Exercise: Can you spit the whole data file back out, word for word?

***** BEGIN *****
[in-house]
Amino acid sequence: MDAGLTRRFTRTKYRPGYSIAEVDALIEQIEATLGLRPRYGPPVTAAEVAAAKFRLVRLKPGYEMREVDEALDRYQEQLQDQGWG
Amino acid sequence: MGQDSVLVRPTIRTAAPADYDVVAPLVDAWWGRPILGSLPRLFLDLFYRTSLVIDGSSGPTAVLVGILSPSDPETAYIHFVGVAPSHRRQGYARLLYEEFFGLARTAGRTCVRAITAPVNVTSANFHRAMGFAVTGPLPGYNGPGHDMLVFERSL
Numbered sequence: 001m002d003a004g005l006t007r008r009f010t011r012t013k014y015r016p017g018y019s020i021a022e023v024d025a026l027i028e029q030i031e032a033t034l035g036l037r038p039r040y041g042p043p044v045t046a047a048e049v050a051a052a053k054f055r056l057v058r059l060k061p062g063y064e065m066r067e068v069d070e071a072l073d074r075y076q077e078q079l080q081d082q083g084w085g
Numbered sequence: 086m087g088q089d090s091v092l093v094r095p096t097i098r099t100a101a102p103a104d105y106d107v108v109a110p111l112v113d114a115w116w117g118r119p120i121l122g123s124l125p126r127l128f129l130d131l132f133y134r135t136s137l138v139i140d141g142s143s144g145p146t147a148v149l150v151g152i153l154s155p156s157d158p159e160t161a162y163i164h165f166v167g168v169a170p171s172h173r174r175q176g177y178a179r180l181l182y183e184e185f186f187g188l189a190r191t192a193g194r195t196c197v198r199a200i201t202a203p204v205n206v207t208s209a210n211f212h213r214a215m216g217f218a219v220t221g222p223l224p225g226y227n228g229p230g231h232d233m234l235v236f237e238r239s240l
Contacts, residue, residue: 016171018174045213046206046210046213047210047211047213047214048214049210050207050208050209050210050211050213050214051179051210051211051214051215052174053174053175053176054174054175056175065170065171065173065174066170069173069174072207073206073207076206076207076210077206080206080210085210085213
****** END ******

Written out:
[in-house]
Amino acid sequence: MDAGLTRRFTRTKYRPGYSIAEVDALIEQIEATLGLRPRYGPPVTAAEVAAAKFRLVRLKPGYEMREVDEALDRYQEQLQDQGWG
Amino acid sequence: MGQDSVLVRPTIRTAAPADYDVVAPLVDAWWGRPILGSLPRLFLDLFYRTSLVIDGSSGPTAVLVGILSPSDPETAYIHFVGVAPSHRRQGYARLLYEEFFGLARTAGRTCVRAITAPVNVTSANFHRAMGFAVTGPLPGYNGPGHDMLVFERSL
Numbered sequence: 001m002d003a004g005l006t007r008r009f010t011r012t013k014y015r016p017g018y019s020i021a022e023v024d025a026l027i028e029q030i031e032a033t034l035g036l037r038p039r040y041g042p043p044v045t046a047a048e049v050a051a052a053k054f055r056l057v058r059l060k061p062g063y064e065m066r067e068v069d070e071a072l073d074r075y076q077e078q079l080q081d082q083g084w085g
Numbered sequence: 086m087g088q089d090s091v092l093v094r095p096t097i098r099t100a101a102p103a104d105y106d107v108v109a110p111l112v113d114a115w116w117g118r119p120i121l122g123s124l125p126r127l128f129l130d131l132f133y134r135t136s137l138v139i140d141g142s143s144g145p146t147a148v149l150v151g152i153l154s155p156s157d158p159e160t161a162y163i164h165f166v167g168v169a170p171s172h173r174r175q176g177y178a179r180l181l182y183e184e185f186f187g188l189a190r191t192a193g194r195t196c197v198r199a200i201t202a203p204v205n206v207t208s209a210n211f212h213r214a215m216g217f218a219v220t221g222p223l224p225g226y227n228g229p230g231h232d233m234l235v236f237e238r239s240l
Contacts, residue, residue: 016171018174045213046206046210046213047210047211047213047214048214049210050207050208050209050210050211050213050214051179051210051211051214051215052174053174053175053176054174054175056175065170065171065173065174066170069173069174072207073206073207076206076207076210077206080206080210085210085213